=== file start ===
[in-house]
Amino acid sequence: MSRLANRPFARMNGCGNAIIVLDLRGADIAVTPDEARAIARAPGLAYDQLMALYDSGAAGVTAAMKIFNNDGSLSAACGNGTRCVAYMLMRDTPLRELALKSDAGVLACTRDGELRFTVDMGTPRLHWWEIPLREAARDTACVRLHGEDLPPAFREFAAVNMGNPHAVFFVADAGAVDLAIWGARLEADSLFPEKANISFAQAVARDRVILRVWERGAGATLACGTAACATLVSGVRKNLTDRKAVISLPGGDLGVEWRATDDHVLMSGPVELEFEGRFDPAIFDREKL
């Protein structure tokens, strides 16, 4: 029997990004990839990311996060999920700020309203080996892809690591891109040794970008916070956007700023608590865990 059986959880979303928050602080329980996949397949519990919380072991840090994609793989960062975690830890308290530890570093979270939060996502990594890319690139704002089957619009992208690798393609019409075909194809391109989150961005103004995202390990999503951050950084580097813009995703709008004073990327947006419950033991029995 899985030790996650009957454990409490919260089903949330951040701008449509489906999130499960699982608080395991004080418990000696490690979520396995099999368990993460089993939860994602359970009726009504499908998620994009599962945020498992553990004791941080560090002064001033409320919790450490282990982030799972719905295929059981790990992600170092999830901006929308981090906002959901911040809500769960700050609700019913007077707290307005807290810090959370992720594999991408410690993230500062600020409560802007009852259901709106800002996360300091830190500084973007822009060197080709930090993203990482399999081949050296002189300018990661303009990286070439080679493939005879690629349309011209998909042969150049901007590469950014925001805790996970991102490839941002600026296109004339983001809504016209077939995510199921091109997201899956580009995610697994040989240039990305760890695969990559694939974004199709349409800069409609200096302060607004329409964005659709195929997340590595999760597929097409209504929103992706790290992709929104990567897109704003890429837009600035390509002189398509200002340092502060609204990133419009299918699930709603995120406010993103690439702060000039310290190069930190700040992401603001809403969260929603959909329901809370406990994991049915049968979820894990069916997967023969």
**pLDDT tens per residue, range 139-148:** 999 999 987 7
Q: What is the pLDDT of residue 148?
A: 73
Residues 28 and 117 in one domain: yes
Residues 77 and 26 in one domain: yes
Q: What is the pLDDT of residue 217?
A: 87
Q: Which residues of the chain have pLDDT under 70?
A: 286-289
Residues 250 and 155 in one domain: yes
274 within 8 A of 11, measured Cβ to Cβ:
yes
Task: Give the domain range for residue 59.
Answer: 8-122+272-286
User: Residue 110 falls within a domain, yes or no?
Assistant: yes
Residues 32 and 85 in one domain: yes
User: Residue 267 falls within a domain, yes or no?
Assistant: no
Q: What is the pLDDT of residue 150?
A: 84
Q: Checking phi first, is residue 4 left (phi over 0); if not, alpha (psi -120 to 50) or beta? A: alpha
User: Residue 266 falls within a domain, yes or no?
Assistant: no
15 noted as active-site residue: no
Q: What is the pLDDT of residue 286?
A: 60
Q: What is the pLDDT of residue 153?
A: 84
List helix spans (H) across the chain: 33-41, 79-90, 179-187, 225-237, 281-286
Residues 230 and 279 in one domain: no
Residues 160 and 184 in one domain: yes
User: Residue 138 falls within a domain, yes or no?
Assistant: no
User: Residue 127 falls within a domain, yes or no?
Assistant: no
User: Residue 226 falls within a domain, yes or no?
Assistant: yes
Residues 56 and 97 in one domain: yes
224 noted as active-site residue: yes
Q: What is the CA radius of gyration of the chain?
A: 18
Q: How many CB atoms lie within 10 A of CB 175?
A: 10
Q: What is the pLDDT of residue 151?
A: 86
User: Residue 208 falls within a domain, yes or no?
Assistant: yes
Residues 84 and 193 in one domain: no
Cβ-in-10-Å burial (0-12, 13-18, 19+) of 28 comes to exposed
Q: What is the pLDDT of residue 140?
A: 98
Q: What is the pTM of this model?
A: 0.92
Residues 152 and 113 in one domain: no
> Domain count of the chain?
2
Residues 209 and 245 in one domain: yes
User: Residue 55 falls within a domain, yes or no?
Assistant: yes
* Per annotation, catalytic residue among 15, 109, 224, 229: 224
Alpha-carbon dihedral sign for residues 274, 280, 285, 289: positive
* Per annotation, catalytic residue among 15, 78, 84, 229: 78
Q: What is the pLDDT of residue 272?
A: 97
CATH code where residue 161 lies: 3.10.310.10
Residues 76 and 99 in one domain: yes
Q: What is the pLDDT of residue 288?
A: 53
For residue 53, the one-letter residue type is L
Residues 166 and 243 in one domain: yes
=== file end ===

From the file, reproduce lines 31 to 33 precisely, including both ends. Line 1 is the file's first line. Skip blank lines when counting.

Q: What is the pLDDT of residue 153?
A: 84
List helix spans (H) across the chain: 33-41, 79-90, 179-187, 225-237, 281-286